Five national trade associations representing a variety of packaging types—the American Chemistry Council (ACC), the Association of Postconsumer Plastics Recyclers (APR), the Carton Council of North America (CCNA), the Foodservice Packaging Institute (FPI) and the National Association for PET Container Resources (NAPCOR)—have commissioned a study exploring ways to optimize recycling of postconsumer packaging. The “MRF Material Flow Study” examines how numerous materials flow through several different types of material recovery facilities (MRFs) with the goal of better understanding how to get more recyclables actually recycled. It looks at where packages end up in the sorting facility, why packages flow in certain ways and what potential changes to the sorting processes could improve recovery.
“The recycling facility is where the proverbial rubber meets the road when it comes to recycling,” says Derric Brown, vice president of sustainability for the Carton Council of North America and director of sustainability for Evergreen Packaging, Memphis, Tennessee. “Even in a community with a robust recycling program inclusive of many materials, such as cartons or rigid plastics, if those items do not flow efficiently through a sorting facility and to the right place, all or some of their value may be lost and they may end up as residue, possibly in a landfill.”
He continues, “We understand that managing programs and motivating consumers to recycle is challenging enough, so we want to help by finding and communicating the study findings.”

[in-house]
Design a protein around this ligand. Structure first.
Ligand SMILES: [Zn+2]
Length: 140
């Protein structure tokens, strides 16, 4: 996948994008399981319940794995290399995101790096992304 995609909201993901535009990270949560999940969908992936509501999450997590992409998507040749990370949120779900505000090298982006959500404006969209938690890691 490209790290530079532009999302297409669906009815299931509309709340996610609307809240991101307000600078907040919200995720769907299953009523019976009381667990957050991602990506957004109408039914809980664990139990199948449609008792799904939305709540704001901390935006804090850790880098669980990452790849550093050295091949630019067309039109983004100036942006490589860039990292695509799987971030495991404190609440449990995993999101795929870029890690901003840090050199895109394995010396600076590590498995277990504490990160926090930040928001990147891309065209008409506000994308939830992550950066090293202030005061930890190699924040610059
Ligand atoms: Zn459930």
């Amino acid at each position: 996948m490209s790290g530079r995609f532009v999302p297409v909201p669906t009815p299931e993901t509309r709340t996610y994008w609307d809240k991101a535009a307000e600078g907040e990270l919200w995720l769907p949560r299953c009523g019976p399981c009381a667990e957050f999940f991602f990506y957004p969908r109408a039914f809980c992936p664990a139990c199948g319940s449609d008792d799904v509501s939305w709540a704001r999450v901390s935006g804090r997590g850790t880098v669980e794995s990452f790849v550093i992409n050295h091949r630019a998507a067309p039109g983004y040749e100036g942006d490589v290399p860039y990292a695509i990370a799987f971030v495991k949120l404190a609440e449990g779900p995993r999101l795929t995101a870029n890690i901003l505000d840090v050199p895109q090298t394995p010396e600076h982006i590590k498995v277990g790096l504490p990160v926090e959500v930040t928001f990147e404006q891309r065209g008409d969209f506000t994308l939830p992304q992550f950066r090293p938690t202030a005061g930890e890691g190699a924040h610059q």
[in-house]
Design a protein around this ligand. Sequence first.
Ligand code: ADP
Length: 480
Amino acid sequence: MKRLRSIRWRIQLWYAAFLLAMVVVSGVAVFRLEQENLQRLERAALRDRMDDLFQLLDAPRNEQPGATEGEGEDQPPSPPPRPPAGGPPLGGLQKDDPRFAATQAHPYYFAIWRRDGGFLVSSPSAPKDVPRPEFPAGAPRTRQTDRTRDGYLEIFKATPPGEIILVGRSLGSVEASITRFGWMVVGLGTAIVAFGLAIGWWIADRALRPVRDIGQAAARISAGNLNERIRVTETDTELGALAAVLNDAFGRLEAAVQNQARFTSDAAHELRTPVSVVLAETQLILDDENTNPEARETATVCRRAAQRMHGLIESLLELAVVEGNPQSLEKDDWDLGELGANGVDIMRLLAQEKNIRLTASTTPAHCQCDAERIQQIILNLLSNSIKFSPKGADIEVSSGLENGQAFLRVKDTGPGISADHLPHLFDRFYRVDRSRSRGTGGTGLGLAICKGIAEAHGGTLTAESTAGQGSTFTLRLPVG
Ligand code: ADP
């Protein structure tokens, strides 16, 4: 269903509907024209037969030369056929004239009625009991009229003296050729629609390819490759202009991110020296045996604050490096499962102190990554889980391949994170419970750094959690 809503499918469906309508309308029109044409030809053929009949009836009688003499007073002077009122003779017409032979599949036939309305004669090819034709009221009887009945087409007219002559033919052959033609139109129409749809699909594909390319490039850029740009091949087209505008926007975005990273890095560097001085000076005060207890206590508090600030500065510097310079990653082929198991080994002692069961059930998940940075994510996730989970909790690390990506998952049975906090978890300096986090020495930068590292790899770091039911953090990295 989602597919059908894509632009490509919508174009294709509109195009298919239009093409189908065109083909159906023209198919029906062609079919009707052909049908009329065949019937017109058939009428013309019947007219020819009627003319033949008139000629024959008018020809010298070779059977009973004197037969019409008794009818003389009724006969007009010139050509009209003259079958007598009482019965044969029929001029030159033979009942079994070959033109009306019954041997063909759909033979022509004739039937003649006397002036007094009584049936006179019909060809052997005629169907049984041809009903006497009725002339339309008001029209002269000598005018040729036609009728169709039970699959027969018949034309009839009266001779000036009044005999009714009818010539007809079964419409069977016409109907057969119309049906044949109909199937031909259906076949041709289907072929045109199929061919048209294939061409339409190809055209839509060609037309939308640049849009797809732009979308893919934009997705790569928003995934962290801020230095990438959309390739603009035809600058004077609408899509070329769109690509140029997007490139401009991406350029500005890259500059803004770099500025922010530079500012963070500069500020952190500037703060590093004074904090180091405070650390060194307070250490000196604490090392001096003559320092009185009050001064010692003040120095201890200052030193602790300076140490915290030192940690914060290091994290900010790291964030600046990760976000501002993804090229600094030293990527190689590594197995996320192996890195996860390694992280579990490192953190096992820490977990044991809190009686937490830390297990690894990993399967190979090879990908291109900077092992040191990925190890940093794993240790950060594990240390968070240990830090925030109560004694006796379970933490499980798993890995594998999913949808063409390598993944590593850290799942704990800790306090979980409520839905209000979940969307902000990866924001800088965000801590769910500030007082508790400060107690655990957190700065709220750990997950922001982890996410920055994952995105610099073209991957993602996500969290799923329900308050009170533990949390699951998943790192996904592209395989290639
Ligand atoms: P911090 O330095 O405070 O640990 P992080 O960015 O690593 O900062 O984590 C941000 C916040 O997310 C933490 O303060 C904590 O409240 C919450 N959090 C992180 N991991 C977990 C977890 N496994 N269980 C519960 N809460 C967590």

Five U.S. MRFs representing a range of operations, including those of different sizes and those processing single- and dual-stream collected recyclables, were selected for the study. Materials, including paper and plastic cups, clamshells, containers, domes/trays, bottles, tubs, lids and gable-top and aseptic cartons, were added to the mix of standard recycling items coming in to these facilities. Materials were processed and then sample bales of paper, plastic and residue were tested, with bale contents being sorted into more than 100 categories, to where the materials flowed naturally, without intervention from the MRF operators, according to the study’s funders.
“The study reinforced that everyone plays a role in ensuring recycling is effective and efficient and that there are actions that can be taken at all steps in the process to help ensure items get their maximum value when they are recycled,” says Jim Frey, CEO of Resource Recycling Systems (RRS), Ann Arbor, Michigan, one of the architects of the study. “One such action is asking residents, and other recycling customers, not to flatten items before placing them in recycling containers. The study found that three-dimensional objects (packages in their original form) versus two-dimensional (flattened/crushed objects) have a higher likelihood of making it through the system to the appropriate container lines and bales. This is not only a helpful finding but an actionable one which illustrates that even everyday actions in the home can help boost recovery.”
The organizations say they look forward to finding ways to apply this knowledge to increase recovery and to working closely with stakeholders, such as communities and facilities.
The study was developed and delivered by RRS; Reclay StewardEdge, Toronto; and Moore Recycling Associates, Sonoma, California. To access the study, learn more from the funders and about how facilities and communities can apply their suggestions, visit www.CartonOpportunities.org/MRFStudy.